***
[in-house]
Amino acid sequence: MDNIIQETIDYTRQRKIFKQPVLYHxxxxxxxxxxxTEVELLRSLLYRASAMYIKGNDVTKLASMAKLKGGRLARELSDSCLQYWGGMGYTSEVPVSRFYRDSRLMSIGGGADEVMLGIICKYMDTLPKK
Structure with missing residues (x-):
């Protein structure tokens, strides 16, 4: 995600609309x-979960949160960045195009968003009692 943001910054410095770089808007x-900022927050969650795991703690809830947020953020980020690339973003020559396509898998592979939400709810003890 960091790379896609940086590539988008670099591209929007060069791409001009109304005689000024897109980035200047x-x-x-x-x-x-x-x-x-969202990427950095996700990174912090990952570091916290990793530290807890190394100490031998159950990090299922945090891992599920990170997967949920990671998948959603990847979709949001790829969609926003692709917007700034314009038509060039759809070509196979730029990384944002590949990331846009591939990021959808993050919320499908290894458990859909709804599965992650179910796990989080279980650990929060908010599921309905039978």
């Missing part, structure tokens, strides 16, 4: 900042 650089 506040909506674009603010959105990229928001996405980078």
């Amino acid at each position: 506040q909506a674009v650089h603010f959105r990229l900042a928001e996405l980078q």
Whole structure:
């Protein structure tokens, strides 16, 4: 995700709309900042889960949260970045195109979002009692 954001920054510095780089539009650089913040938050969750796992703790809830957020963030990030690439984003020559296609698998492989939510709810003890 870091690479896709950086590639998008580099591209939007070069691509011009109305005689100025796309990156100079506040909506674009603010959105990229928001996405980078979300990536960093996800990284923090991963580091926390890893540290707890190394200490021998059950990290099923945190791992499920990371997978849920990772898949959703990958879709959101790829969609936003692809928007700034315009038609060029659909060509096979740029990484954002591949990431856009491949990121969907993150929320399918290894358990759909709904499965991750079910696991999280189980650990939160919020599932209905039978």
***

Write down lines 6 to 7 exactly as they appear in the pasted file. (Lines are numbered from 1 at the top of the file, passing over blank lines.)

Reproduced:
């Amino acid at each position: 506040q909506a674009v650089h603010f959105r990229l900042a928001e996405l980078q």
Whole structure: